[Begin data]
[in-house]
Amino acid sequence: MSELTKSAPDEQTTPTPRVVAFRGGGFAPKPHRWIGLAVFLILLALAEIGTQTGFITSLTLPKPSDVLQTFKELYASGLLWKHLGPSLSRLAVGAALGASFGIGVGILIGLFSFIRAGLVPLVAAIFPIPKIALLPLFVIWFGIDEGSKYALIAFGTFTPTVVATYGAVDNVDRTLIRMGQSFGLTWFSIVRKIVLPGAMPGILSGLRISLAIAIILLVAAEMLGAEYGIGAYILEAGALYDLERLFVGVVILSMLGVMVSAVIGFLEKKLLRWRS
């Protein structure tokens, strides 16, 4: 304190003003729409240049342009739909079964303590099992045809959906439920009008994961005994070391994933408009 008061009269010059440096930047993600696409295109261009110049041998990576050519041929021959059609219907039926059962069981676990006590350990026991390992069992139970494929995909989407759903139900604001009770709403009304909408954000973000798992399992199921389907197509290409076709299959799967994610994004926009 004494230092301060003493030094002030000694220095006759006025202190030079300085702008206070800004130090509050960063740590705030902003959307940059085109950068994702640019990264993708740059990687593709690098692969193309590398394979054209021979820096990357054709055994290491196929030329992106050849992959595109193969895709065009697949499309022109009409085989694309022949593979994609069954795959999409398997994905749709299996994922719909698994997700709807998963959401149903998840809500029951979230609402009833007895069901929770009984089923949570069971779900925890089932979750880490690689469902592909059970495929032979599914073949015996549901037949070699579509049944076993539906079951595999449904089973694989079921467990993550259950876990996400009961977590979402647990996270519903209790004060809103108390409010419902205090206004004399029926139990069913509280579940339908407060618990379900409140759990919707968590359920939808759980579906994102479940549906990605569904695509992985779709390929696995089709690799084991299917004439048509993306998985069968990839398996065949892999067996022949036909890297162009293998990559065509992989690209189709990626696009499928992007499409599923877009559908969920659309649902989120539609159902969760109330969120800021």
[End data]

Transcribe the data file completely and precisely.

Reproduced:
[in-house]
Amino acid sequence: MSELTKSAPDEQTTPTPRVVAFRGGGFAPKPHRWIGLAVFLILLALAEIGTQTGFITSLTLPKPSDVLQTFKELYASGLLWKHLGPSLSRLAVGAALGASFGIGVGILIGLFSFIRAGLVPLVAAIFPIPKIALLPLFVIWFGIDEGSKYALIAFGTFTPTVVATYGAVDNVDRTLIRMGQSFGLTWFSIVRKIVLPGAMPGILSGLRISLAIAIILLVAAEMLGAEYGIGAYILEAGALYDLERLFVGVVILSMLGVMVSAVIGFLEKKLLRWRS
């Protein structure tokens, strides 16, 4: 304190003003729409240049342009739909079964303590099992045809959906439920009008994961005994070391994933408009 008061009269010059440096930047993600696409295109261009110049041998990576050519041929021959059609219907039926059962069981676990006590350990026991390992069992139970494929995909989407759903139900604001009770709403009304909408954000973000798992399992199921389907197509290409076709299959799967994610994004926009 004494230092301060003493030094002030000694220095006759006025202190030079300085702008206070800004130090509050960063740590705030902003959307940059085109950068994702640019990264993708740059990687593709690098692969193309590398394979054209021979820096990357054709055994290491196929030329992106050849992959595109193969895709065009697949499309022109009409085989694309022949593979994609069954795959999409398997994905749709299996994922719909698994997700709807998963959401149903998840809500029951979230609402009833007895069901929770009984089923949570069971779900925890089932979750880490690689469902592909059970495929032979599914073949015996549901037949070699579509049944076993539906079951595999449904089973694989079921467990993550259950876990996400009961977590979402647990996270519903209790004060809103108390409010419902205090206004004399029926139990069913509280579940339908407060618990379900409140759990919707968590359920939808759980579906994102479940549906990605569904695509992985779709390929696995089709690799084991299917004439048509993306998985069968990839398996065949892999067996022949036909890297162009293998990559065509992989690209189709990626696009499928992007499409599923877009559908969920659309649902989120539609159902969760109330969120800021």